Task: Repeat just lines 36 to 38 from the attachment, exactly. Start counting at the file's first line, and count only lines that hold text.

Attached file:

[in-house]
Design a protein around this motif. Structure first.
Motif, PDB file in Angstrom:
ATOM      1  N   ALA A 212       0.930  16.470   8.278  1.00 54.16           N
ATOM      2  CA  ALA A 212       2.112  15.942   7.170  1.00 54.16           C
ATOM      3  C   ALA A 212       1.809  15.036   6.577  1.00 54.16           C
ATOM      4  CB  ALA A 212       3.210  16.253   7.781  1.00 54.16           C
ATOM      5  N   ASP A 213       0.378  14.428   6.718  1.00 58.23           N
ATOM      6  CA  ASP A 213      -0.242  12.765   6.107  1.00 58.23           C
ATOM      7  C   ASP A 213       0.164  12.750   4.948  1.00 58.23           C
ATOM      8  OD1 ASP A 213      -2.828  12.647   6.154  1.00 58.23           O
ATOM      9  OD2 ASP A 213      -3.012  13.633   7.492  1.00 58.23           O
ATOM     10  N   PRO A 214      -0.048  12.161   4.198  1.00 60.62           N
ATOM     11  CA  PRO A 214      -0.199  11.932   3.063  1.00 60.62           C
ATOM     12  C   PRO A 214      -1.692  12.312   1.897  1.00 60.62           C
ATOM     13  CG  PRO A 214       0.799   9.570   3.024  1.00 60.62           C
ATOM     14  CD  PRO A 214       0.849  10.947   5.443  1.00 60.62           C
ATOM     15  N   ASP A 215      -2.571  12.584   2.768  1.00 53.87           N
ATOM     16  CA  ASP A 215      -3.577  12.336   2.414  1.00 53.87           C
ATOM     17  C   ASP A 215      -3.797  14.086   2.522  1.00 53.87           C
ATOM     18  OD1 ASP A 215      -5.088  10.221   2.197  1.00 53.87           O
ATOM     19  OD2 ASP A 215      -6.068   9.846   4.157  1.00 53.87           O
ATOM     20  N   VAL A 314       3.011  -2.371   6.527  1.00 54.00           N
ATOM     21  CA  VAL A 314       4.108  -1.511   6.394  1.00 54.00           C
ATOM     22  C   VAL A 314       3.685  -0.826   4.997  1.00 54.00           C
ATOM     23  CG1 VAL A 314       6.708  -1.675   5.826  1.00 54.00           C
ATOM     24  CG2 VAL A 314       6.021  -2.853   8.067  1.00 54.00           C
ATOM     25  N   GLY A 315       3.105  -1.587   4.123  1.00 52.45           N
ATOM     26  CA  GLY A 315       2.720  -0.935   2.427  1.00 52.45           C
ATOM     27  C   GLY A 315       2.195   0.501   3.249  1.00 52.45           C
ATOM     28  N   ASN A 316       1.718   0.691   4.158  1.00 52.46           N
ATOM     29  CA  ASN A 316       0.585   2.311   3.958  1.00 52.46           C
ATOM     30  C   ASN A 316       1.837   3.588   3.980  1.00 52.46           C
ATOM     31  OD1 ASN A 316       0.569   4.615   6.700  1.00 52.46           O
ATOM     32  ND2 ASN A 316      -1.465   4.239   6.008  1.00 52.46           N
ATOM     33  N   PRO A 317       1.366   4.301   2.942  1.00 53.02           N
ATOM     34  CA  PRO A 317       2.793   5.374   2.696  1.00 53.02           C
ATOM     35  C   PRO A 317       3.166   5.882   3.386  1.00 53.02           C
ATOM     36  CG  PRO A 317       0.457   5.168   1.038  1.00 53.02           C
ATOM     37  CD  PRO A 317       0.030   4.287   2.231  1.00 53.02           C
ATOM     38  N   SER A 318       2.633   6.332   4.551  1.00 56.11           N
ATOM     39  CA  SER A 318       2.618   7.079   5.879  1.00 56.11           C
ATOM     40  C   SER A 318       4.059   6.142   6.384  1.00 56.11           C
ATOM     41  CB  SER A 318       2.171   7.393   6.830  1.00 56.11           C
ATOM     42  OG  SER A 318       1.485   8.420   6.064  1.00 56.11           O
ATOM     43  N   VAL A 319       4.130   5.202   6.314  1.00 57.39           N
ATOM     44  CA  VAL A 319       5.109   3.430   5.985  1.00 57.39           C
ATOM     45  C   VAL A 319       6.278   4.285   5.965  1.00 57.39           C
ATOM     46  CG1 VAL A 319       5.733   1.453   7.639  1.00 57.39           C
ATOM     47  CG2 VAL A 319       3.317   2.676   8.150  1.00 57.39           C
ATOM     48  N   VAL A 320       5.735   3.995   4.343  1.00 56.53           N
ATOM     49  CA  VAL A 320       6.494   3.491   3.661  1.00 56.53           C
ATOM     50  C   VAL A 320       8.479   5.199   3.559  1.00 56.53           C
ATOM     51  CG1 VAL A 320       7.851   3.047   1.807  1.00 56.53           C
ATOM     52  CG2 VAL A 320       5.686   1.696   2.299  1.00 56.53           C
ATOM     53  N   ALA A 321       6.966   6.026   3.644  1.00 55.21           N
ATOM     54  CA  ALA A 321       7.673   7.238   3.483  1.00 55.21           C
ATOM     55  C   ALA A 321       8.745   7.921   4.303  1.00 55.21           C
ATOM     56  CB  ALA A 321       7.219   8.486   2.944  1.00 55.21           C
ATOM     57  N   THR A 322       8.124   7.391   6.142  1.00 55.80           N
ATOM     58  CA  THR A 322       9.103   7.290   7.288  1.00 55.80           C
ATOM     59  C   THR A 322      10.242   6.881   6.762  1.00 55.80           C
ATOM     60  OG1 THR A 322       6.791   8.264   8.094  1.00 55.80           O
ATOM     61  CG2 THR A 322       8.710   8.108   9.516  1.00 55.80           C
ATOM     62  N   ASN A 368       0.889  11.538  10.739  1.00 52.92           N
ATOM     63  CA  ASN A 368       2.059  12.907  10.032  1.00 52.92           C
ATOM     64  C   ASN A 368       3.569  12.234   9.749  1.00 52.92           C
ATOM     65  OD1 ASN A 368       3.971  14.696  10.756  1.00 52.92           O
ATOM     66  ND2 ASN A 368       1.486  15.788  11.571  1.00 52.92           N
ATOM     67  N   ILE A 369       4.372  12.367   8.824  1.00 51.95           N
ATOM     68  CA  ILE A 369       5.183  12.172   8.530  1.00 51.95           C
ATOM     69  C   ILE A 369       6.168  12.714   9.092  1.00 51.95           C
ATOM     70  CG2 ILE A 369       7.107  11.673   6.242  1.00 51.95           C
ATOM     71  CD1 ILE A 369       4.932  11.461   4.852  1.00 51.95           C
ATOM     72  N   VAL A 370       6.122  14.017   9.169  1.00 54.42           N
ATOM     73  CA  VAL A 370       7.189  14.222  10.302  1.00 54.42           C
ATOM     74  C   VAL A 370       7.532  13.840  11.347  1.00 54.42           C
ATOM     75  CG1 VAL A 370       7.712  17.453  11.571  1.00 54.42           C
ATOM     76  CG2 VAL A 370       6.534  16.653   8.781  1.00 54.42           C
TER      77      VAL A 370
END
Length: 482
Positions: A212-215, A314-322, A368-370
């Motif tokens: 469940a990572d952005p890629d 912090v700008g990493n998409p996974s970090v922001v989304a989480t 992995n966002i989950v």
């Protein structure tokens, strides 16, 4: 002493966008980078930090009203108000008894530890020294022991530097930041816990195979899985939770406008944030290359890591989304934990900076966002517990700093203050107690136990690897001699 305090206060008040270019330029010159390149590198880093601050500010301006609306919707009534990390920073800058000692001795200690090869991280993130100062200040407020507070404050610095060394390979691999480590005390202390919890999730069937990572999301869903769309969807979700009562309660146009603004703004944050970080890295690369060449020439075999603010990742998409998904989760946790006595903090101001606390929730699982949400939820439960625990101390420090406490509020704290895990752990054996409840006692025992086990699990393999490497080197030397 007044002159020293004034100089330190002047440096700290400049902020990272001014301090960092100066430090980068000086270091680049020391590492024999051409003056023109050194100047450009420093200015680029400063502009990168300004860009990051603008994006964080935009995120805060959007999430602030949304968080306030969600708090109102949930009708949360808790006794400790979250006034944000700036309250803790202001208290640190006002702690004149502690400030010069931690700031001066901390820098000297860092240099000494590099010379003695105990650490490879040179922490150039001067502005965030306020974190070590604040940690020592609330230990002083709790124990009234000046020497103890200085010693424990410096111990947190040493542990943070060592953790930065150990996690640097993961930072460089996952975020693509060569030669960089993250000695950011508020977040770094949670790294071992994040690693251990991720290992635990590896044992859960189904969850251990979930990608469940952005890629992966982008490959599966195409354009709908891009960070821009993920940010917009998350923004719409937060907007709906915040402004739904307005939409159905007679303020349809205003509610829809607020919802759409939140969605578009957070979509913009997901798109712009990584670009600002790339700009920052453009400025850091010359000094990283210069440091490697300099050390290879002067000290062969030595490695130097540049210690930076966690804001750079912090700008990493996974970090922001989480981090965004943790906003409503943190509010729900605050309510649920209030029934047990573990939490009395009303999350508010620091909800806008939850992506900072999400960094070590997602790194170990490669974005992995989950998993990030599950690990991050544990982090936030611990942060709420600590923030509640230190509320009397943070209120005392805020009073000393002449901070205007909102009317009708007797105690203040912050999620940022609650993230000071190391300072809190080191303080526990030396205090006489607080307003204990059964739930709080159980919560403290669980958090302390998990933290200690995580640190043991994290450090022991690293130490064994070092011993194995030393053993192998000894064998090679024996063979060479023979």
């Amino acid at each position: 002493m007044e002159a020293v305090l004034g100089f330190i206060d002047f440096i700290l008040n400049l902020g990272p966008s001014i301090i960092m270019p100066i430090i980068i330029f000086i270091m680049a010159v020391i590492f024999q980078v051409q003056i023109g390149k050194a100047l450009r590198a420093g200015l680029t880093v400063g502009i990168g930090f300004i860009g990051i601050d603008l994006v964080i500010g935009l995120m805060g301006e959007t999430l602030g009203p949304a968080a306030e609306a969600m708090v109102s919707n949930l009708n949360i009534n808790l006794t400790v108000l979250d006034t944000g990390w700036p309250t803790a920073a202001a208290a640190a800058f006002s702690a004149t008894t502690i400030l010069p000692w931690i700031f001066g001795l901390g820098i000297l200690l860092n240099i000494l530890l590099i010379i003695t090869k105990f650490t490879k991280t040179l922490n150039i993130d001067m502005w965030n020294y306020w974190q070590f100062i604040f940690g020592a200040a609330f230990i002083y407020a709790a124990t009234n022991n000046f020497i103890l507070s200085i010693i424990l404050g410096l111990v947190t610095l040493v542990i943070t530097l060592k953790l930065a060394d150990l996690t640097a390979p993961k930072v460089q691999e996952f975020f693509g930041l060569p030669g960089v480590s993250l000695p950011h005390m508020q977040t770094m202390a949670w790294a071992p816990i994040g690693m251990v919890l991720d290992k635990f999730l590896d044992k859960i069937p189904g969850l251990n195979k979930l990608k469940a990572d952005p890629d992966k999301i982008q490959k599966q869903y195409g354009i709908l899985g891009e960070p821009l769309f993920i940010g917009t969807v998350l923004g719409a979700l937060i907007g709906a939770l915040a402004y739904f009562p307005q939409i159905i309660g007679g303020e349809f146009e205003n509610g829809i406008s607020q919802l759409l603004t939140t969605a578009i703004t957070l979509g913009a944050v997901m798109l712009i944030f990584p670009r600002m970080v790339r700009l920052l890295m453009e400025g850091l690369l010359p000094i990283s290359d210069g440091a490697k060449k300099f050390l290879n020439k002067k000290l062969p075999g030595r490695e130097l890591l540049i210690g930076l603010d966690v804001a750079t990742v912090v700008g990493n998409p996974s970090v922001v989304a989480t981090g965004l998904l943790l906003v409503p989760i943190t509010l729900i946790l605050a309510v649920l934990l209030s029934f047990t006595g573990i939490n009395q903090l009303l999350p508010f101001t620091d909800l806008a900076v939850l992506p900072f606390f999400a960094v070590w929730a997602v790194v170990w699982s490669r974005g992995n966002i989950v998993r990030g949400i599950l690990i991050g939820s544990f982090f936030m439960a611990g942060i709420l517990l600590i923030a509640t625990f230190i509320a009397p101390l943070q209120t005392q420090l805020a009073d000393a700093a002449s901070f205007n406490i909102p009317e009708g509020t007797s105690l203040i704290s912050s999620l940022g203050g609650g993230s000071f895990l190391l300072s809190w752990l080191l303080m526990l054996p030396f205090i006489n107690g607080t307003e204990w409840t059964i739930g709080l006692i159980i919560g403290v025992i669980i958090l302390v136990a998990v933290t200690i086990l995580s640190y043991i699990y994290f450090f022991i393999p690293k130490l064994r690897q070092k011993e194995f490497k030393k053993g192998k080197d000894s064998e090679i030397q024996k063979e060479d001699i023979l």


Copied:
ATOM     33  N   PRO A 317       1.366   4.301   2.942  1.00 53.02           N
ATOM     34  CA  PRO A 317       2.793   5.374   2.696  1.00 53.02           C
ATOM     35  C   PRO A 317       3.166   5.882   3.386  1.00 53.02           C